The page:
A 6-year-old boy is in desperate need of a life-saving stem cell (bone marrow) transplant.

Ayden Palmer battled back from brain surgery in December, and now his family is hoping he’ll beat the odds once again.  Their son’s story highlights the desperate need for stem cell donors, especially among the African community.

Ayden spends several hours every few weeks getting blood transfusions at a hospital in the United States, where he resides, to help him battle sickle cell disease – an inherited blood disorder that can damage a patient’s vital organs and cause chronic pain.

“It’s daunting. It’s a waiting game,” Tut Palmer, Ayden’s mother, said. “I always tell my husband, it’s impossible finding a match right now.”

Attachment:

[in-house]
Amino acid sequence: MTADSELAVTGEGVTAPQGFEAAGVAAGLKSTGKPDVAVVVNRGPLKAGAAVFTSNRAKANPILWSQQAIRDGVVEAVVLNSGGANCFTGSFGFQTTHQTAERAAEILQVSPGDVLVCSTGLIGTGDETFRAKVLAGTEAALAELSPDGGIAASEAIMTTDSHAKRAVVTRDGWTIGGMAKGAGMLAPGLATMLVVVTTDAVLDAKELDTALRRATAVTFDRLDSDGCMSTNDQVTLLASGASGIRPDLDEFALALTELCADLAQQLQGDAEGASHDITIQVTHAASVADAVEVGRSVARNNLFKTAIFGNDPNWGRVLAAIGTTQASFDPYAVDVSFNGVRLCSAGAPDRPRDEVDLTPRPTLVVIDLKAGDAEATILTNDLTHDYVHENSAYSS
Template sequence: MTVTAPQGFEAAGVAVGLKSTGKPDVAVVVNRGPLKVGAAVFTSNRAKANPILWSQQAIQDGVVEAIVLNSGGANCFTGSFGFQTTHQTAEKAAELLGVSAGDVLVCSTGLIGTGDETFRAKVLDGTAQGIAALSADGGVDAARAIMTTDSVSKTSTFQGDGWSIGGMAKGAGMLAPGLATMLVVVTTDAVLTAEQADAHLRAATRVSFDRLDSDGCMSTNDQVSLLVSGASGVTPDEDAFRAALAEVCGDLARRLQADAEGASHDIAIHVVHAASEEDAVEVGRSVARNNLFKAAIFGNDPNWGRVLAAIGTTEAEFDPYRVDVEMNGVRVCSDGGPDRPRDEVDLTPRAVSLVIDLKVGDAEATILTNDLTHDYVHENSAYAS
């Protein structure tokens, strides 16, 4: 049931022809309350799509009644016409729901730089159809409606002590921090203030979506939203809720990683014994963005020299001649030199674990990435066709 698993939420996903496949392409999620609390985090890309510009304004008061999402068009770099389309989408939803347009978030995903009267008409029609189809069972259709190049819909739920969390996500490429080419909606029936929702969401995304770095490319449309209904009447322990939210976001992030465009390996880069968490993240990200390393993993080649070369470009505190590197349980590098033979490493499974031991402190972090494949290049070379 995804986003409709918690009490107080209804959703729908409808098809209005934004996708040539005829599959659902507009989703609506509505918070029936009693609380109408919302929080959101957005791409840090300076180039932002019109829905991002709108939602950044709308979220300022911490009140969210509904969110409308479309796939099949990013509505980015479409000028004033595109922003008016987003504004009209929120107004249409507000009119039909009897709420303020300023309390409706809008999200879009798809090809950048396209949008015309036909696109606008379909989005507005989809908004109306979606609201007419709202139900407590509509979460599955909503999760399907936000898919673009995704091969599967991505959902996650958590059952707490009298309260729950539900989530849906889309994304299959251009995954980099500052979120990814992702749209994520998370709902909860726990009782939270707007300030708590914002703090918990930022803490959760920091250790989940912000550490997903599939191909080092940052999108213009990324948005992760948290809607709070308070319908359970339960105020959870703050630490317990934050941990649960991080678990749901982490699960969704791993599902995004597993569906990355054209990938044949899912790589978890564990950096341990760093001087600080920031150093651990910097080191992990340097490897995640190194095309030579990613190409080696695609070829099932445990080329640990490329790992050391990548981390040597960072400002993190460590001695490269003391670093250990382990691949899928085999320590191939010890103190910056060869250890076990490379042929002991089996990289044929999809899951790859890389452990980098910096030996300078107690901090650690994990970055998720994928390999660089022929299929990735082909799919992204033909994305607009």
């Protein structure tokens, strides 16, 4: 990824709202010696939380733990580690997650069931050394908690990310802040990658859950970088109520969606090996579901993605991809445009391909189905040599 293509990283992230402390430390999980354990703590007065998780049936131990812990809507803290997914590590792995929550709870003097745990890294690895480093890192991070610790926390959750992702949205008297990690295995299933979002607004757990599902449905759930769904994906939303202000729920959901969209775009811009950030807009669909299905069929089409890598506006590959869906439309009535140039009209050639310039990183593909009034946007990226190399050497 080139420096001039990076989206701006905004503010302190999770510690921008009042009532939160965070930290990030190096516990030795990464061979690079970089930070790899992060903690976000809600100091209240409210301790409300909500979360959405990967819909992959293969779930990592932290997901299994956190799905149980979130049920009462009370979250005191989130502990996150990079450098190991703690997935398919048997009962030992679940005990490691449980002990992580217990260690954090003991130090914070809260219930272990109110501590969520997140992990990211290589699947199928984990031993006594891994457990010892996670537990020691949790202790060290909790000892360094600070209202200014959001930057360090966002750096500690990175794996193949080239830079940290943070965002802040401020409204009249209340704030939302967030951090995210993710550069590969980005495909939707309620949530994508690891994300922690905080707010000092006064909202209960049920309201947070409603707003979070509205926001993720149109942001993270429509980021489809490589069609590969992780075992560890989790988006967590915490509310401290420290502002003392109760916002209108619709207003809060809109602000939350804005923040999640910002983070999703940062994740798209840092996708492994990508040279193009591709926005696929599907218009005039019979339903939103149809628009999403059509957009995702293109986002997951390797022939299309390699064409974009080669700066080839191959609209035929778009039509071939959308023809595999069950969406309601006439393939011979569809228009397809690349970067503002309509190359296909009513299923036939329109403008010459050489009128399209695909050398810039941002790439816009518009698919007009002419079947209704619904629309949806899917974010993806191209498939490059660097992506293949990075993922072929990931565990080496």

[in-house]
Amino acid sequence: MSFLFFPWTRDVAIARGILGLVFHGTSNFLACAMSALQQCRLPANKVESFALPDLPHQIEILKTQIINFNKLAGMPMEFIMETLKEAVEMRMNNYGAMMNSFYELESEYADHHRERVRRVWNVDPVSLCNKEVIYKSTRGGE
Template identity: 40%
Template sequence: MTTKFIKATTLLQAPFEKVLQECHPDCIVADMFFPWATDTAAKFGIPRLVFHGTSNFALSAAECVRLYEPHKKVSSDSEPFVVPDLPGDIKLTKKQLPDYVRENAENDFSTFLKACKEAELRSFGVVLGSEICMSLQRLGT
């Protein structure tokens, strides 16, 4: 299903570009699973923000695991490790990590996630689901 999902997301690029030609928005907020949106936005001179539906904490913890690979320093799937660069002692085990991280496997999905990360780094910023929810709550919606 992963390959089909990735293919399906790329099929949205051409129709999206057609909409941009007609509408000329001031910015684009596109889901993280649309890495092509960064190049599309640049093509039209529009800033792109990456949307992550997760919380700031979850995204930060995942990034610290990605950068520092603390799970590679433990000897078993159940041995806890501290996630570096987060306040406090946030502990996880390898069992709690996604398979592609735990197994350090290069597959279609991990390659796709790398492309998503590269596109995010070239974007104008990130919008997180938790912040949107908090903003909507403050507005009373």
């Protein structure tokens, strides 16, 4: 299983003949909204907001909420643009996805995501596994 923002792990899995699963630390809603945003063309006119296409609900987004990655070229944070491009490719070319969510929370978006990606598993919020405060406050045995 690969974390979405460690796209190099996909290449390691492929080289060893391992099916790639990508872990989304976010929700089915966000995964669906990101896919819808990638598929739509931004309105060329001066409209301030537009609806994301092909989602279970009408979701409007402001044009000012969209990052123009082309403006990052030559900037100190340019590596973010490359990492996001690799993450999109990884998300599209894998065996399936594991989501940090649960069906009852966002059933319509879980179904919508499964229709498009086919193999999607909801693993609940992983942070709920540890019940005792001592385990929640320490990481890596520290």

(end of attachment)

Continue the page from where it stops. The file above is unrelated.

Looking at Ayden, it’s hard to believe this high-energy, bright-eyed boy had brain surgery in December to improve blood flow. He also had a stroke at 3 years old that paralysed the left side of his body.

“He’s known nothing but pain, and he’s immune to pain. That’s what I see,” his mother said.

Doctors say sickle cell is most common among African. Yet, the likelihood of finding a bone marrow match is only 23 percent, compared to 77 percent among Caucasians, because there are far fewer African Americans on the registry.

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ACLT are supporting Ayden’s appeal and our encouraging those of African origin living here in the UK to sign up to the donor registers to help with the worldwide search of finding young Ayden a lifesaving match. Click here to find out how.